The History of Chase Bank

For more than 200 years, J.P. Morgan Chase has stood as a financial institution that has seen it all. Over the years, the banking giant has seen the country through World War I and played a direct hand in several important contributions to the financial industry. This is a brief history of this landmark bank.

The Beginning

Aaron Burr began the Manhattan Company in 1799. It began life as a supplier of water to New York City. In 1831, John Pierpont Morgan was born. He takes the name “Pierpont” for most of his life, and remained insignificant until he met a Philadelphia banker named Anthony Drexel. The two founded “Drexel, Morgan & Co,” which began as a brokerage company for businessmen bringing European investment money into the Americas.

The Early 1900s

JP Morgan & Co was well established by the turn of the 20th century. They had offices at 23 Wall Street and were ready to continue expanding. When World War I hit, the company made a landmark $500 million loan to help the Allied war effort.

Not everyone was pleased with JP Morgan. An anarchist group planted a bomb in front of the building in 1920. The detonation killed 38 people and injured 400.

Modern JP Morgan

The 1960s marked a few important mergers and financial deals in the bank’s history. Chase purchased the firm that oversaw the Apple IPO, and they would eventually advise Exxon on the merger that would create one of the largest companies in the world. Eventually, JP Morgan was bought out by Chase Manhattan in the year 2000, helping to continue the bank’s epic history.


By Phin Upham

Part 3

The third part of Cartwright’s model is the simulacrum. She begins her discussion of simulacra by giving the secondary OED definition: “Something having merely the form or appearance of a certain thing, without possessing its substance or proper qualities.” The simulacrum moves away from reality in order to be able to generate laws. The process begins with a set of laws of phenomena but then develops causal relationships and fundamental laws. Cartwright envisions the simulacrum as a home to these laws. Continue reading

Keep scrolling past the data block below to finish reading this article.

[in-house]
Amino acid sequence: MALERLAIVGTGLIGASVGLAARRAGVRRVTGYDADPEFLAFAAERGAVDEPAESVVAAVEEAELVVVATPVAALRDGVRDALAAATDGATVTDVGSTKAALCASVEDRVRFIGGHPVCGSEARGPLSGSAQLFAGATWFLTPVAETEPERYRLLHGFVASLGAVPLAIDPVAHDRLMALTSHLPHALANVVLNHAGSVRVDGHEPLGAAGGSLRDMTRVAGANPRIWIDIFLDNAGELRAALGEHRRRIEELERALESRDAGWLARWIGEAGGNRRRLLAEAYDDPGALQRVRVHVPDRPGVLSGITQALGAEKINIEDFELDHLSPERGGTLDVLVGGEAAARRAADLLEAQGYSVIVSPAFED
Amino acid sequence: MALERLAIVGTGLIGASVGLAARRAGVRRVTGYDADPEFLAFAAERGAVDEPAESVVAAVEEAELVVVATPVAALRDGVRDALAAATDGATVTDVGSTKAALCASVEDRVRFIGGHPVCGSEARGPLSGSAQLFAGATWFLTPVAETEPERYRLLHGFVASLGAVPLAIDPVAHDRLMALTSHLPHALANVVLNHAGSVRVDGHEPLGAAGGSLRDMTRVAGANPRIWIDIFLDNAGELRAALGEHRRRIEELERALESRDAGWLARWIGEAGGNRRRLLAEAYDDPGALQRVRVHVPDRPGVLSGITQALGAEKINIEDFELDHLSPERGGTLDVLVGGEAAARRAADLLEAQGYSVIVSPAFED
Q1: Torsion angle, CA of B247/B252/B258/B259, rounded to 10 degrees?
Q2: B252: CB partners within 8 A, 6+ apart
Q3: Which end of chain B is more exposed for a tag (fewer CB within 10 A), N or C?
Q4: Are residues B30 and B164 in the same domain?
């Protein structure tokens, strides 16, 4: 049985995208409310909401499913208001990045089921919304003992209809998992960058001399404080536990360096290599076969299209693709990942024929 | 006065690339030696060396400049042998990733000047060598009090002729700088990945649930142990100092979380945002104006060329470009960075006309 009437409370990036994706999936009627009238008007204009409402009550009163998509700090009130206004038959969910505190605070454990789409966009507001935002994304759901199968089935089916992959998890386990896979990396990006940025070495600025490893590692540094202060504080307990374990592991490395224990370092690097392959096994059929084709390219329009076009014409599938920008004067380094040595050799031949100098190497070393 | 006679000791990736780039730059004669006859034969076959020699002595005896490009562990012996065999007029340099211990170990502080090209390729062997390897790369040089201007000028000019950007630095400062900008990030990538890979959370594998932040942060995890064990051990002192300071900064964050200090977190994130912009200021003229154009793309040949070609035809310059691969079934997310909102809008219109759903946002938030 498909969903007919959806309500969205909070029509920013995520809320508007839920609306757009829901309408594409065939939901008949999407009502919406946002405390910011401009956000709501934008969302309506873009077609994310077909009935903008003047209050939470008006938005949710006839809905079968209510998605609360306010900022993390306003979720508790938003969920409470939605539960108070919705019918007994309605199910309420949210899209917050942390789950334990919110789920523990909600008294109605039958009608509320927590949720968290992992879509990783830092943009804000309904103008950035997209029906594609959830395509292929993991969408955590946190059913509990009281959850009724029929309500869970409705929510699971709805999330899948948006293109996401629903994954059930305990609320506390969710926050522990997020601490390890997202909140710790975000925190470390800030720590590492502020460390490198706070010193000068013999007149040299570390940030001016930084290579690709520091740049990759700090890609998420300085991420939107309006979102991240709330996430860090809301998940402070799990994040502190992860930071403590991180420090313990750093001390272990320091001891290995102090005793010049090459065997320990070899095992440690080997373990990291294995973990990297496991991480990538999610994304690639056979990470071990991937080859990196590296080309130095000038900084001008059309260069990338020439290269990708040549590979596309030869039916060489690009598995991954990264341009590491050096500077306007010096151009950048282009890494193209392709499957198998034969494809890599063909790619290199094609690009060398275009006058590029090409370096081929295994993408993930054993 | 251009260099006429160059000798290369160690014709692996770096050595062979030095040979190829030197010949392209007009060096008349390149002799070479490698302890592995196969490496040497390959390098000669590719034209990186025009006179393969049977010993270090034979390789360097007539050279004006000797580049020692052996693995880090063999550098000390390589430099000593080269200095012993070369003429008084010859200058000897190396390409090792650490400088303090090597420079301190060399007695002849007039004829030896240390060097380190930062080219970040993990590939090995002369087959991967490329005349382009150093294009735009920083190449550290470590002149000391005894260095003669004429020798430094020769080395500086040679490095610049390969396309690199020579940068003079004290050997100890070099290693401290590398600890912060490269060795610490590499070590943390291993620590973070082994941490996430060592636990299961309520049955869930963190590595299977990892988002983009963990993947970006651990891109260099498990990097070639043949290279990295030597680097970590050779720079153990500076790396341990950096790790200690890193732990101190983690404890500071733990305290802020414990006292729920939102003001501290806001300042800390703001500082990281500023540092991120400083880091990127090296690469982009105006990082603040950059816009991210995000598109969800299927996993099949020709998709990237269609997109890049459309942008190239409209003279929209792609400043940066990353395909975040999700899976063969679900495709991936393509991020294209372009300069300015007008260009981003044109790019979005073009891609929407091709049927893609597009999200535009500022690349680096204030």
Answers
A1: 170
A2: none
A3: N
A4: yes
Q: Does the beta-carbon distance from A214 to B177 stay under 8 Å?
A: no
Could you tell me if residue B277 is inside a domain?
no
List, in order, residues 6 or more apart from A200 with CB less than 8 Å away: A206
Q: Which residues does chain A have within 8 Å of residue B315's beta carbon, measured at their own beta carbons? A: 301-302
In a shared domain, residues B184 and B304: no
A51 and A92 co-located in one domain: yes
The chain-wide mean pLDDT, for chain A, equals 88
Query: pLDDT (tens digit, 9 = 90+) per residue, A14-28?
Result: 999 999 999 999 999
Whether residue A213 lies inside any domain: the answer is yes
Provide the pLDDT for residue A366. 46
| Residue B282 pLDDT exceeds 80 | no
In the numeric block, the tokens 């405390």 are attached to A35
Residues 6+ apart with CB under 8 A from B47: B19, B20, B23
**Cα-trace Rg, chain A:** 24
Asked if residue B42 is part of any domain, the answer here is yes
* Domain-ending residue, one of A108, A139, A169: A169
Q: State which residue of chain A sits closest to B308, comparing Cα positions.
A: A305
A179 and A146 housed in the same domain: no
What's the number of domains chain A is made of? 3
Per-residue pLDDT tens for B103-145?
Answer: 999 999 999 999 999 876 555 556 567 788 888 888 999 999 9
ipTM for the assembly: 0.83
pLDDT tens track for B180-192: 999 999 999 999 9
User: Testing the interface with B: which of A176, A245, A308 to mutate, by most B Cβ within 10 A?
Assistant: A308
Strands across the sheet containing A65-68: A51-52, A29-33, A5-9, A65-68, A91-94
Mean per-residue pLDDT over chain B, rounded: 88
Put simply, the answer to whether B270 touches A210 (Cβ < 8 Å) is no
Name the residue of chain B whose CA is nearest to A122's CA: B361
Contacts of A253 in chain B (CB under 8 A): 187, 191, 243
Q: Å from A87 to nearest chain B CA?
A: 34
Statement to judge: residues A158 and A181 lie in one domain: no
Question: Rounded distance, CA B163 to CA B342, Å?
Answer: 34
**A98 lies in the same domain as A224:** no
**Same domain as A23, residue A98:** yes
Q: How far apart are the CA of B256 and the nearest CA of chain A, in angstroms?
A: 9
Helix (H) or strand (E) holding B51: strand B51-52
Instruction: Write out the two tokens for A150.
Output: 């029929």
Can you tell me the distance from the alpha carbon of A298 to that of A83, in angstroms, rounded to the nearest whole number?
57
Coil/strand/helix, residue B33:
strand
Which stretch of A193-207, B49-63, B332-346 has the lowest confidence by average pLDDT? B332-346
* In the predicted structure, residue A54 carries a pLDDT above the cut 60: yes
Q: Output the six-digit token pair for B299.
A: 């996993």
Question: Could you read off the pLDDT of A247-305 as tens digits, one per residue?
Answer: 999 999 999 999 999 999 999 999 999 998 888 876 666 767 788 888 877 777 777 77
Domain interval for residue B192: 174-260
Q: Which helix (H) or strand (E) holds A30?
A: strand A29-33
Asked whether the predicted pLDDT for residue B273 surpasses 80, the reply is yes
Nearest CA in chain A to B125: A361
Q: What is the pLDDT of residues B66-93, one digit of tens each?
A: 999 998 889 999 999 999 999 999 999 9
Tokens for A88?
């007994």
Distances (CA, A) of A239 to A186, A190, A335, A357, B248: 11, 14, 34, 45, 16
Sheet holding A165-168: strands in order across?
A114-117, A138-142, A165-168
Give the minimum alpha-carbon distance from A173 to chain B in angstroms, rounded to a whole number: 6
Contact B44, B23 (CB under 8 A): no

By Phin Upham

Part 2

In The Dappled World, Cartwright (1999, 31) upholds “metaphysical nomological pluralism,” which is “the doctrine that nature is governed in different domains by different systems of laws not necessarily related to each other in a systematic or uniform way; by a patchwork of laws.” In this view, “covering laws,” such as those of gravity, which hold over several unrelated domains, are distorted and lack realism when we disregard the necessity to apply them differently to the different domains. Continue reading


By Phin Upham

Part 1

ABSTRACT: The usefulness of models that describe the world lies in their simplicity relative to what they model. But simplification entails inaccuracy, so models should be treated as provisional. Nancy Cartwright’s account of science as a modeling exercise, in which fundamental laws hold true only in theory—not in reality, given the complexities of the real world—suggests that Rational Choice Theory (RCT) should not be rejected on the traditional basis of its lack of realism: that, after all, is to be expected of any simulacrum model. But when RCT has been extended to domains, such as politics, in which there is no necessary reason to expect systemic pressures against people who depart too far from the model, RCT is a simulacrum without any par­ticular claim to expressing underlying causal laws. This cautions against the tendency to rest content with models and to treat their assumptions as if they were true. The question of whether economics and other social sciences are really “scientific” is often answered by taking some view of the natural sci­ences for granted, and then seeing how well the social “sciences” mea­sure up. But an equally illuminating approach might be to see how a prominent challenge to conventional views about natural science affects our understanding of social science. Continue reading